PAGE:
In reviewing the literature on hemorrhages into the central nervous system following lumbar spinal puncture, I was amazed by the paucity of cases reported, and felt somewhat like Schube and Raskin,1 who, after a review of the literature on the subject in 1936, remarked:
The rarer a disease, the greater is the interest in it and the less rare it becomes —due to the fact that more vigorous attempts are made to unearth cases of it. On the other hand, the rarer the unfortunate accidents accompanying a valuable and therapeutic procedure such, for instance, as the lumbar spinal puncture, the less apparent is the interest which the accidents arouse, so that practically no cases are unearthed and no attempts are made to study those which are. If one may judge the frequency with which spontaneous cerebral hemorrhage is a sequel of the lumbar spinal puncture by the number of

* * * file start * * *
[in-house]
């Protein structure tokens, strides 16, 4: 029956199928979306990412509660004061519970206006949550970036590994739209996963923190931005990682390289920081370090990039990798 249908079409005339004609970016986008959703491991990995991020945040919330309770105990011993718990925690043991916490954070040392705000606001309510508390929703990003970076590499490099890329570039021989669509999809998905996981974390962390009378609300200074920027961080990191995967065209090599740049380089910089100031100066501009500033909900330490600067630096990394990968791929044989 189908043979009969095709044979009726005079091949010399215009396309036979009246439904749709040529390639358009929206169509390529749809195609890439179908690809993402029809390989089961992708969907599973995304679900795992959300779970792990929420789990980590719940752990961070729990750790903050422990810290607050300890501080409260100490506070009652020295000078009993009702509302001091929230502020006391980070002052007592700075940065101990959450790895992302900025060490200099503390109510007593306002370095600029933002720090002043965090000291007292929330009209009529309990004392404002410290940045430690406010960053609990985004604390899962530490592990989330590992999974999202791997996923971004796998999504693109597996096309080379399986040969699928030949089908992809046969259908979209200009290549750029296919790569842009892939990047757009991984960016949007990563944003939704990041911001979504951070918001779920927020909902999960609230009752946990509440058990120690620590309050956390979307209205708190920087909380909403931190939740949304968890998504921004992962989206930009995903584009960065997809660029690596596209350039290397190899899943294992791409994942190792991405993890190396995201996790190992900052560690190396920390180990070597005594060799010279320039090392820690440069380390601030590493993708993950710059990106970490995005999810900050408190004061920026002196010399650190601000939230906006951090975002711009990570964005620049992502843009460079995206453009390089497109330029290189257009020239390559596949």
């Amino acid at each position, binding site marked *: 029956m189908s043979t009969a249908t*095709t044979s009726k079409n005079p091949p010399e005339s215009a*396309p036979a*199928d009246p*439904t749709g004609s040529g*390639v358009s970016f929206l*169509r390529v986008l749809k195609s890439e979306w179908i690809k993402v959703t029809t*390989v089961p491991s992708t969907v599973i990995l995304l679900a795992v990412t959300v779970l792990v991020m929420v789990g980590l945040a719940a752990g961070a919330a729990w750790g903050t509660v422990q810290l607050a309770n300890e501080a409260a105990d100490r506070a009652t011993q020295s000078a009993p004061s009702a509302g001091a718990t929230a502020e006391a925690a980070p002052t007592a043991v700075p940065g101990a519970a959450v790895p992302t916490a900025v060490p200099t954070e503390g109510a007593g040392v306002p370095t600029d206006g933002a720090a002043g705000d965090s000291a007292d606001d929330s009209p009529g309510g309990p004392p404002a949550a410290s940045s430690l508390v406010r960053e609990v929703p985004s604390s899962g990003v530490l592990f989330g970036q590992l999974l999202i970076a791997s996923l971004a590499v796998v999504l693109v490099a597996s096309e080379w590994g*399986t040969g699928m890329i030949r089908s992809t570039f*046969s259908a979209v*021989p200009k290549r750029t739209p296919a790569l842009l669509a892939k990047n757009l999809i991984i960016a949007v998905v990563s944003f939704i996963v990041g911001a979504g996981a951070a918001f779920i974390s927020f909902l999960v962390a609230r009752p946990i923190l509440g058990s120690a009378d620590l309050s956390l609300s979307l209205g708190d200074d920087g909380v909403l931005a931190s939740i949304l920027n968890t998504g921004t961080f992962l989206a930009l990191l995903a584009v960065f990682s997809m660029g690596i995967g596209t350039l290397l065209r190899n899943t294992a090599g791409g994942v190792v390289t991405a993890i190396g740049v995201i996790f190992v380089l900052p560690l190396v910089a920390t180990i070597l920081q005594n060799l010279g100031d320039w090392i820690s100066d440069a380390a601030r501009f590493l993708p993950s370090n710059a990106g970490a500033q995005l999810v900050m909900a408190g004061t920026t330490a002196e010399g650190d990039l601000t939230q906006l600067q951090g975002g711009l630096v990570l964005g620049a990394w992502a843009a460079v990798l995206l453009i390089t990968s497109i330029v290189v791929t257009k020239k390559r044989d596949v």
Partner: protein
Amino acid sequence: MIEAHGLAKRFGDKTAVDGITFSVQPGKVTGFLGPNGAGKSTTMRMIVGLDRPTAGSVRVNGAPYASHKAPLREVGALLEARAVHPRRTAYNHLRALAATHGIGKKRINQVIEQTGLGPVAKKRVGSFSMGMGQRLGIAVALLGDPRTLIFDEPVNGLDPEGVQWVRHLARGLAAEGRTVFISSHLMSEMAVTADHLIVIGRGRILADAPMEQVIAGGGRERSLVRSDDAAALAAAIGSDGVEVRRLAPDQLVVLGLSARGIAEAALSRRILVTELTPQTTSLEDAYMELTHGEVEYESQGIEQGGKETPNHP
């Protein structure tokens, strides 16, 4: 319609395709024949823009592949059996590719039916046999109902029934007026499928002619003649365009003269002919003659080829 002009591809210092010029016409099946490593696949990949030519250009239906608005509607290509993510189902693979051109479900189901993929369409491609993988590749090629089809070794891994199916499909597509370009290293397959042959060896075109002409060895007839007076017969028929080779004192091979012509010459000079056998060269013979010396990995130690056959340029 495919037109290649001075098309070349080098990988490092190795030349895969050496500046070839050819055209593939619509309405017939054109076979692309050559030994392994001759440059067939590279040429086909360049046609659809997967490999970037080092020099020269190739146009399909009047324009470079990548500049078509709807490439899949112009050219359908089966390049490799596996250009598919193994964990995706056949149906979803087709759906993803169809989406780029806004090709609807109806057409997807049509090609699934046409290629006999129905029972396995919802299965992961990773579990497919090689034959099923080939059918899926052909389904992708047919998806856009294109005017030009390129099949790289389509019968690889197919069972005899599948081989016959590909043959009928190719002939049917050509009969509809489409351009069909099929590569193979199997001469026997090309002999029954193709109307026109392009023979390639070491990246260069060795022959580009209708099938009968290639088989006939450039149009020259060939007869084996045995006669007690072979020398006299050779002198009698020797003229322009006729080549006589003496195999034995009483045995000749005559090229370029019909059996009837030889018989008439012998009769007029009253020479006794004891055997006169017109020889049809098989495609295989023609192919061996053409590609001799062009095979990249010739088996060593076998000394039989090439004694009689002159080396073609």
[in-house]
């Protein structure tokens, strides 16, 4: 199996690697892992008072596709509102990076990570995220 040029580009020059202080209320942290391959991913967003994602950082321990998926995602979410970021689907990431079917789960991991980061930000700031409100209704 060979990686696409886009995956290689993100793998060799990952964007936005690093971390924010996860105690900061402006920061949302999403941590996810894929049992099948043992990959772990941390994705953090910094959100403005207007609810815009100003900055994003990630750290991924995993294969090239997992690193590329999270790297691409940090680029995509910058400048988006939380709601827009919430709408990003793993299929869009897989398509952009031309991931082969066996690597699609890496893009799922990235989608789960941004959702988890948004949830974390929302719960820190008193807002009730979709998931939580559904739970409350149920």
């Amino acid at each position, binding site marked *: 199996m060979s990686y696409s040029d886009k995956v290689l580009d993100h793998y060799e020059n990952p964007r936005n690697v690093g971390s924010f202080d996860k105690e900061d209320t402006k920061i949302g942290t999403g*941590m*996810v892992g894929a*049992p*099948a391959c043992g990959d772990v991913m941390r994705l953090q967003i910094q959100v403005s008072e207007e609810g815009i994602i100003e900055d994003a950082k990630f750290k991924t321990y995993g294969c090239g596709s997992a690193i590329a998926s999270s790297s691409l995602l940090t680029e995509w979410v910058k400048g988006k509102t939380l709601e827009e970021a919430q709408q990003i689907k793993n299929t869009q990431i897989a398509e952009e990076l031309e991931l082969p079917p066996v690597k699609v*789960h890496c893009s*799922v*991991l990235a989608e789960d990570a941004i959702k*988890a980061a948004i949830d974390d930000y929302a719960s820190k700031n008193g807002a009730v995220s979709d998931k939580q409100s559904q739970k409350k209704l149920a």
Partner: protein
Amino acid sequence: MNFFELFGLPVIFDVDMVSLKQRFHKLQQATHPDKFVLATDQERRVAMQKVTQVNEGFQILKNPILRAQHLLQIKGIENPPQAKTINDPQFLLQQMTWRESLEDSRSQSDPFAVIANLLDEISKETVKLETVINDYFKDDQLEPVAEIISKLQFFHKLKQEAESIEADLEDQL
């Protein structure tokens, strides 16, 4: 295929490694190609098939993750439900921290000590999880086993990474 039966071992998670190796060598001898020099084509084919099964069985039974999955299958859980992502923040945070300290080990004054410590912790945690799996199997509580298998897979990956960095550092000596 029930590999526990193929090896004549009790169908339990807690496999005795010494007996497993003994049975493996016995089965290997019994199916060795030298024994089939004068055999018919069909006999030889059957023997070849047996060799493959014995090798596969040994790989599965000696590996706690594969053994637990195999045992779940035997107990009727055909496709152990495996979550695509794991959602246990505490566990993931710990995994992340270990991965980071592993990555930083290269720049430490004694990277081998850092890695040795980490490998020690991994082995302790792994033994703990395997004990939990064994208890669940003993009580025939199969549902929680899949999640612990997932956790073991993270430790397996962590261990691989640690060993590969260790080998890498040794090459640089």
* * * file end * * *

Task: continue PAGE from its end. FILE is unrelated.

Androp S. HEMORRHAGES INTO THE CENTRAL NERVOUS SYSTEM FOLLOWING LUMBAR SPINAL PUNCTURE. Arch NeurPsych. 1939;42(5):903–911. doi:https://doi.org/10.1001/archneurpsyc.1939.02270230125010
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